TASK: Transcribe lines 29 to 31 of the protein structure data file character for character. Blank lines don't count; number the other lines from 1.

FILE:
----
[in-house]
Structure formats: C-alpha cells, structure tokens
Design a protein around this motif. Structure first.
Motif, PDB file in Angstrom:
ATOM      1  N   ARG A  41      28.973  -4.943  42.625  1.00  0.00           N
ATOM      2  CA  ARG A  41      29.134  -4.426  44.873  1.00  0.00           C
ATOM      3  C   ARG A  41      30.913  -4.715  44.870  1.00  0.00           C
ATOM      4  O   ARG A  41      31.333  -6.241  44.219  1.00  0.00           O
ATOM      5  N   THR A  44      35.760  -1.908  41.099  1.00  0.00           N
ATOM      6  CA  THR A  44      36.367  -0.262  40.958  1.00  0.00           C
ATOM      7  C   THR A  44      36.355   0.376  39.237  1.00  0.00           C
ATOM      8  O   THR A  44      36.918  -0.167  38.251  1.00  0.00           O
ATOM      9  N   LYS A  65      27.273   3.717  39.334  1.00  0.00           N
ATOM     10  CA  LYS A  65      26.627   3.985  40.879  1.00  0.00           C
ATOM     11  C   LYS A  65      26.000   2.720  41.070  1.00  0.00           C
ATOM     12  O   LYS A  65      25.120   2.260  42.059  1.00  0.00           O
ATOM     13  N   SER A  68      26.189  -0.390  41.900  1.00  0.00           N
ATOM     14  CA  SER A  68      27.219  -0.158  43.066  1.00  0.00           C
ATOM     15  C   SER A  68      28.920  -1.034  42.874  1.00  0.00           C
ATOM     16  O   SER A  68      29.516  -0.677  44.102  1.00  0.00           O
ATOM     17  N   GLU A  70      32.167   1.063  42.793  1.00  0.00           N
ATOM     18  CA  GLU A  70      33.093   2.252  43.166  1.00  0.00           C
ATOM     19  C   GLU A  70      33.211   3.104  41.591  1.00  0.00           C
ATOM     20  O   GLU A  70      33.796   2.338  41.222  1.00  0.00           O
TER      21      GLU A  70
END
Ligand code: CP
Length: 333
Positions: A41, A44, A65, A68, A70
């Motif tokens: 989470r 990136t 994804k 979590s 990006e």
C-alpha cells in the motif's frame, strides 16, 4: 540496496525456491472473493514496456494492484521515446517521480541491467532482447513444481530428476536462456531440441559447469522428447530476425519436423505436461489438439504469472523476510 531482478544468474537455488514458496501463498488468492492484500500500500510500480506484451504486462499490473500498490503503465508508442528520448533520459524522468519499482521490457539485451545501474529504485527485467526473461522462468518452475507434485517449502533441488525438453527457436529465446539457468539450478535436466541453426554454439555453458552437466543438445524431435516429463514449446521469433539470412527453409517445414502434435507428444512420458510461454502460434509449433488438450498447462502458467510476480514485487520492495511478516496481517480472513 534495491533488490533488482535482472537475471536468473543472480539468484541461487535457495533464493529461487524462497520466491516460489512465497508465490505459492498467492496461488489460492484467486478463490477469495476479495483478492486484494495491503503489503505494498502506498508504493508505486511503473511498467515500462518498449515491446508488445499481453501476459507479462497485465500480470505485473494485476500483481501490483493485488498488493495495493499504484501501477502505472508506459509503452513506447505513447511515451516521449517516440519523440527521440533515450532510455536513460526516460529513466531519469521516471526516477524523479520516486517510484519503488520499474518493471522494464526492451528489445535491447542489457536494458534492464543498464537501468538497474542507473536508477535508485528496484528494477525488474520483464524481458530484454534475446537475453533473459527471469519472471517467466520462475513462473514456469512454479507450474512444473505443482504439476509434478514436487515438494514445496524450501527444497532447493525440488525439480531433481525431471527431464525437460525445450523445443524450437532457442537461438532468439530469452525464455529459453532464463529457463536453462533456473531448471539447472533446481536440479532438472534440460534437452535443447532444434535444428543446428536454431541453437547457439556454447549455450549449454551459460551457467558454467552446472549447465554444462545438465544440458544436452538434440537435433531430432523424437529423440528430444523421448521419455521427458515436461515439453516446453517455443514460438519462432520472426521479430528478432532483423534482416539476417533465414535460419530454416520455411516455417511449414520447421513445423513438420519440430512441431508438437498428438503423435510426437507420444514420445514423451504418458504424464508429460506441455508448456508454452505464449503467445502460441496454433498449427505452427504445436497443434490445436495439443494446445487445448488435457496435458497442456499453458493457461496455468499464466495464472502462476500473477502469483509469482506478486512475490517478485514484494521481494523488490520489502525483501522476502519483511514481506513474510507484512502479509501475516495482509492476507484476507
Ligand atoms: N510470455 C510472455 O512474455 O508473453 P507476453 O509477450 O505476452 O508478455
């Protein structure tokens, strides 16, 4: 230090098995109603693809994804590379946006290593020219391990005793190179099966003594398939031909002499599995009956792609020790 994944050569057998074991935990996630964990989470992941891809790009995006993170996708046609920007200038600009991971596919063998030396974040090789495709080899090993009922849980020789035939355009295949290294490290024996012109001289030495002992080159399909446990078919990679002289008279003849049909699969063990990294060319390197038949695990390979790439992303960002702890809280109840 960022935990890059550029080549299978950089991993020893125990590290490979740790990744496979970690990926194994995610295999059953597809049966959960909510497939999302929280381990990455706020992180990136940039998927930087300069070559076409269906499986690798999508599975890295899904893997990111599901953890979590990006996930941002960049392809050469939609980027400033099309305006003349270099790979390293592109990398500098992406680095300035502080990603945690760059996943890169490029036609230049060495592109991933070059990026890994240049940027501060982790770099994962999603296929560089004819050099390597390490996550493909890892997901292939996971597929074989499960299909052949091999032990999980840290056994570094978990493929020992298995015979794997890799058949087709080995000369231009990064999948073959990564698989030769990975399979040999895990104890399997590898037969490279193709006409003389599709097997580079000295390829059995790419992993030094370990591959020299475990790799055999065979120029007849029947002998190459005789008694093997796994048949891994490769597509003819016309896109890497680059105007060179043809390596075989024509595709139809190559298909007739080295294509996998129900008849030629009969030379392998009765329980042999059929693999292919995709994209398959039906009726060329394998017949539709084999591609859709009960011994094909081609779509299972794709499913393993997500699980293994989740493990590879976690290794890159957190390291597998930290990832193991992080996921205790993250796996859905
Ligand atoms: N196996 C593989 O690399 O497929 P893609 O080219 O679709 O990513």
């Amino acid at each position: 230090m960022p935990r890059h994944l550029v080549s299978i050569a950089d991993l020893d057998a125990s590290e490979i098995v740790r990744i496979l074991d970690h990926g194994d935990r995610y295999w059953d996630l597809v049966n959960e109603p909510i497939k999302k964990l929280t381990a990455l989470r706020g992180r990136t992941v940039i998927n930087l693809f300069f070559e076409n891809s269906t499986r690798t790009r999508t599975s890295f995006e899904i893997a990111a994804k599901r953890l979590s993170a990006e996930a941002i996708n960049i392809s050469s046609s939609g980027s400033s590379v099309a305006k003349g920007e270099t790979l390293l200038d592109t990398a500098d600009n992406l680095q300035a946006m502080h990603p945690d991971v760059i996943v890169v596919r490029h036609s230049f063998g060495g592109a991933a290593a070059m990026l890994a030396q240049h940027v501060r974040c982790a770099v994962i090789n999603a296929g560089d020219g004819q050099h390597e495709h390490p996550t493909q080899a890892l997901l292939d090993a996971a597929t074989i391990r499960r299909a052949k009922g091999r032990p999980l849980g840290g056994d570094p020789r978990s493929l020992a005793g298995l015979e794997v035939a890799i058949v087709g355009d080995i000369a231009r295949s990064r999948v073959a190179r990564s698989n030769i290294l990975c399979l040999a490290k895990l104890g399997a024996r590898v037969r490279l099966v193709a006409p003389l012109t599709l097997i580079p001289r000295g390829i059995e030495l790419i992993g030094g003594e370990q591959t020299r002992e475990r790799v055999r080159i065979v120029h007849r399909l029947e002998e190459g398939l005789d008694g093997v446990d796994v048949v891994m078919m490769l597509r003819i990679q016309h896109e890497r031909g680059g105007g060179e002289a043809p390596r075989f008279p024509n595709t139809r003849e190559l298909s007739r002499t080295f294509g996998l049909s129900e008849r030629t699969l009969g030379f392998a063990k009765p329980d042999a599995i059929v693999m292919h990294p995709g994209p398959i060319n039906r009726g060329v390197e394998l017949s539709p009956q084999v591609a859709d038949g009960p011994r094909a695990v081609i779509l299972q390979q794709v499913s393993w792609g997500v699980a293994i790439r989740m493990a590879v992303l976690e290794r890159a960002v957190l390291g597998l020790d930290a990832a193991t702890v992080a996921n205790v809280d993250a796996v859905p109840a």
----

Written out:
Positions: A41, A44, A65, A68, A70
């Motif tokens: 989470r 990136t 994804k 979590s 990006e």
C-alpha cells in the motif's frame, strides 16, 4: 540496496525456491472473493514496456494492484521515446517521480541491467532482447513444481530428476536462456531440441559447469522428447530476425519436423505436461489438439504469472523476510 531482478544468474537455488514458496501463498488468492492484500500500500510500480506484451504486462499490473500498490503503465508508442528520448533520459524522468519499482521490457539485451545501474529504485527485467526473461522462468518452475507434485517449502533441488525438453527457436529465446539457468539450478535436466541453426554454439555453458552437466543438445524431435516429463514449446521469433539470412527453409517445414502434435507428444512420458510461454502460434509449433488438450498447462502458467510476480514485487520492495511478516496481517480472513 534495491533488490533488482535482472537475471536468473543472480539468484541461487535457495533464493529461487524462497520466491516460489512465497508465490505459492498467492496461488489460492484467486478463490477469495476479495483478492486484494495491503503489503505494498502506498508504493508505486511503473511498467515500462518498449515491446508488445499481453501476459507479462497485465500480470505485473494485476500483481501490483493485488498488493495495493499504484501501477502505472508506459509503452513506447505513447511515451516521449517516440519523440527521440533515450532510455536513460526516460529513466531519469521516471526516477524523479520516486517510484519503488520499474518493471522494464526492451528489445535491447542489457536494458534492464543498464537501468538497474542507473536508477535508485528496484528494477525488474520483464524481458530484454534475446537475453533473459527471469519472471517467466520462475513462473514456469512454479507450474512444473505443482504439476509434478514436487515438494514445496524450501527444497532447493525440488525439480531433481525431471527431464525437460525445450523445443524450437532457442537461438532468439530469452525464455529459453532464463529457463536453462533456473531448471539447472533446481536440479532438472534440460534437452535443447532444434535444428543446428536454431541453437547457439556454447549455450549449454551459460551457467558454467552446472549447465554444462545438465544440458544436452538434440537435433531430432523424437529423440528430444523421448521419455521427458515436461515439453516446453517455443514460438519462432520472426521479430528478432532483423534482416539476417533465414535460419530454416520455411516455417511449414520447421513445423513438420519440430512441431508438437498428438503423435510426437507420444514420445514423451504418458504424464508429460506441455508448456508454452505464449503467445502460441496454433498449427505452427504445436497443434490445436495439443494446445487445448488435457496435458497442456499453458493457461496455468499464466495464472502462476500473477502469483509469482506478486512475490517478485514484494521481494523488490520489502525483501522476502519483511514481506513474510507484512502479509501475516495482509492476507484476507